I’ll never forget one particular experience with my team, warming up for the day’s practice.  It was a Monday after one of those beautiful, cool spring weekends and everyone was discussing their weekend…let’s say “exploits.”  Ironically enough, the conversation turned to the appropriateness of their “extracurricular activities” with the discussion finally escalating when someone said, “well, let’s just ask Gardner!  He’s Mormon, he knows all the rules!”

The funny thing is, that wasn’t the first nor has it been the last experience like this that I’ve had.  Whether it’s coworkers joking that I must have been the culprit that finished off the office coffee without starting another batch or questions from neighbors, I’ve found that people typically associate members of the Church of Jesus Christ of Latter-Day Saints with having lots of rules.

This has lead me to ask myself, “so what IS with all the rules?!”

Purpose of Commandments
First off, to use biblical jargon, we’ll refer to rules as commandments.  And whether we are looking at the Old Testament, New Testament, or the Book of Mormon, there are TONS of mentions of commandments.  Let’s just say, it would be a trending topic on twitter.

One of my favorite scriptures on commandments comes from the New Testament. Specifically John 14:15 and 21 where Jesus said, speaking to His disciples, “if ye love me, keep my commandments…he that hath my commandments and keepeth them, he it is that loveth me…”

I read these verses to mean that keeping the commandments or following the rules, is an expression of my love and discipleship of Christ.

Using two examples from the Old Testament (Proverbs 4:4 and 19:16) provides an additional and different insight into the purpose of commandments.  They read, “…keep my commandments, and live,” and “ he that keepeth the commandment keepeth his own soul.”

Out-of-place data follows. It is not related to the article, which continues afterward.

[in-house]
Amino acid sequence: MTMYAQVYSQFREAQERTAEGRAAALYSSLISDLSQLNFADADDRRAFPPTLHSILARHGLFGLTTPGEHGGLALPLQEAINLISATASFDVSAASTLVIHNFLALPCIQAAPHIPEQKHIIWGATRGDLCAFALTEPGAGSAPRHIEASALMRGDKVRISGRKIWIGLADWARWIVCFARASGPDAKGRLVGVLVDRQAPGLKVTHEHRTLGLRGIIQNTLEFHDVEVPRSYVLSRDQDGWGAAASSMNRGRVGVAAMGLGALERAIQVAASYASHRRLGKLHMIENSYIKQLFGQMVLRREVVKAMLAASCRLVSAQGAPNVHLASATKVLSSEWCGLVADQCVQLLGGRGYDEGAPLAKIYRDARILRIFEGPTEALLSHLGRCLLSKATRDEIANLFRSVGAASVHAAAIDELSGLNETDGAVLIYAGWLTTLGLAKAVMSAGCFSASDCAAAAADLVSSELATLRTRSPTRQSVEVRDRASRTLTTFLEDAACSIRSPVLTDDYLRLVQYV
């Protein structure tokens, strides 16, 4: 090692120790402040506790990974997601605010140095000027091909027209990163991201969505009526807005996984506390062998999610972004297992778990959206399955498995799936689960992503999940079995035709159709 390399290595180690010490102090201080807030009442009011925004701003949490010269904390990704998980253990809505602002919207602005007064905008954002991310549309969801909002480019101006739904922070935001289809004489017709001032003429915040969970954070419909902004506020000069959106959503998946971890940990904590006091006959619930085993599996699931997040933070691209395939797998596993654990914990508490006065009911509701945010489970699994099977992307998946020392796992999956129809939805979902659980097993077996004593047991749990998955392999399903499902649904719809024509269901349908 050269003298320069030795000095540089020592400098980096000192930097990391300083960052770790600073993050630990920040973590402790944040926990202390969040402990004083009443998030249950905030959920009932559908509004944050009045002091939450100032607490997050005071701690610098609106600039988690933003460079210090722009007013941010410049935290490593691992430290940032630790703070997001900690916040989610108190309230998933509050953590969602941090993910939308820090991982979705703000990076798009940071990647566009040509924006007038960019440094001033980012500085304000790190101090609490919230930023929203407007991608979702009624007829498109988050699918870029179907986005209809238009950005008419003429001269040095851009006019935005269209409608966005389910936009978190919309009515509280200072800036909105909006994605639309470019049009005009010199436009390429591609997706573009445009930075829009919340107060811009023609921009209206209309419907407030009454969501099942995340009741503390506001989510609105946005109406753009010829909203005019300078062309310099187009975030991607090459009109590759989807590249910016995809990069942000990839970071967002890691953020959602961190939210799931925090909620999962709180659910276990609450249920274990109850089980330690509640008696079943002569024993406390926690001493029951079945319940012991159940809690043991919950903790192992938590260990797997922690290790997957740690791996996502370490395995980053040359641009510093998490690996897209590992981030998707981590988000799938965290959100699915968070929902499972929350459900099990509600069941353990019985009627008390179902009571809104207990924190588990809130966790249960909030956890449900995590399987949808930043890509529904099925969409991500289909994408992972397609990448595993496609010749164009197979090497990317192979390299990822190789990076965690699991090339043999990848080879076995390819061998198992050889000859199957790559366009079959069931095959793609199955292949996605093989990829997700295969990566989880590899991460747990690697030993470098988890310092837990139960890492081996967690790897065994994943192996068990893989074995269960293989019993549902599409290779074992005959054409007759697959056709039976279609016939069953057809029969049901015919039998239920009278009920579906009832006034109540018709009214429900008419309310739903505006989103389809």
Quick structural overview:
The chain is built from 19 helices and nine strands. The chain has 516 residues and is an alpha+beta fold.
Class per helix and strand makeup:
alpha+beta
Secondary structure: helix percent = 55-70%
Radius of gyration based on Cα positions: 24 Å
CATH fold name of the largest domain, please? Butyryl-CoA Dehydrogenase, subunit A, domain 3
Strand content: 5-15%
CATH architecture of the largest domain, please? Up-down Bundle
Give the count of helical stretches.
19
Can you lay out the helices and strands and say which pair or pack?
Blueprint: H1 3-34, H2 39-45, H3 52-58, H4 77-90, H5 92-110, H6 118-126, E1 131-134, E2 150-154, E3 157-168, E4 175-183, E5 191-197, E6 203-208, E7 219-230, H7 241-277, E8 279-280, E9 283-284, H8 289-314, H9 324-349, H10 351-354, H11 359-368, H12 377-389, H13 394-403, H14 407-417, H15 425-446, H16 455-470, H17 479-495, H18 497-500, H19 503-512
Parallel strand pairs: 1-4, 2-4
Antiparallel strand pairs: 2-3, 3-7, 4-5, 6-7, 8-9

The vibe I take here is that following the commandments also has a guiding purpose, and that keeping them results in a positive outcome for me.

Putting the Old and the New together, I get that God lovingly gives me these commandments for my benefit.  They provide guidance and instruction on how to live a happy and fulfilled life.  

This makes sense to me.  I mean, I have a hard time imagining a Father in Heaven chuckling to Himself saying, “now to make life even MORE difficult, I’ll give them commandments!  Mwah ha ha!”  In fact, in 1 John 5: 3 reads, “his commandments are not grievous,” with grievous meaning burdensome and oppressive (emphasis added).  

Seen in this light, members of the Church of Jesus Christ of Latter-Day Saints go about life with all their “rules” because they see them as an expression of discipleship in Christ and believe they provide a guiding “hand rail” if you will, to life.

However, I’ll be the first to admit, I’m guilty of letting things become more about the rules and less about their purpose.

Can We Take It Too Far?
I’m a task-oriented person.  What I mean by this is, I tend to create a level of business in my life.  The day is only 24 hours and I’ve got stuff to take care of!!

Extending this to the discussion about commandments, I begin to see and behave in such a way that these guiding rules simply become “to-dos” on my every growing list of things to get done that day.   I approach them like a checklist and sometimes even expand their scope, furthering the  busyness of my life.

This hustle and bustle that I carry with me is the main window through which others get a glimpse of my faith. Probably not the best impression.

In fact, Christ spent a lot of His time on earth condemning this sort of behavior, (see Matthew 23 for example).  He taught and reminded the people that life isn’t about commandments for commandments sake.  They are meant to guide me to God (John 7:17).

Dieter Uchtdorf, whom members of the church support as a modern day apostle recently said, “salvation cannot be bought with the currency of obedience; it is purchased by the blood of the Son of God” (May 2015 General Conference).

When I heard him say I had an “oh-duh-light-bulb” moment.  I realized/remembered that I don’t go to church or practice my faith to take copious notes on how to make my life more busy and challenging.  I want to worship Christ because He has saved me. I need His grace.

Uchtdorf went on to emphasize that with Christ’s grace, commandments have yet another purpose, “living the gospel faithfully is not a burden.  It is a joyful rehearsal—a preparation for inheriting the grand glory of the eternities” (May 2015).

Clearly, my zealous busyness misses the mark, and doesn’t necessarily reflect well on my discipleship of Christ.  One particular commandment comes to mind here, the commandment to repent.  My favorite definition of repentance comes from Ezekiel where he says to turn from where I was facing back to God and live (see chapter 33).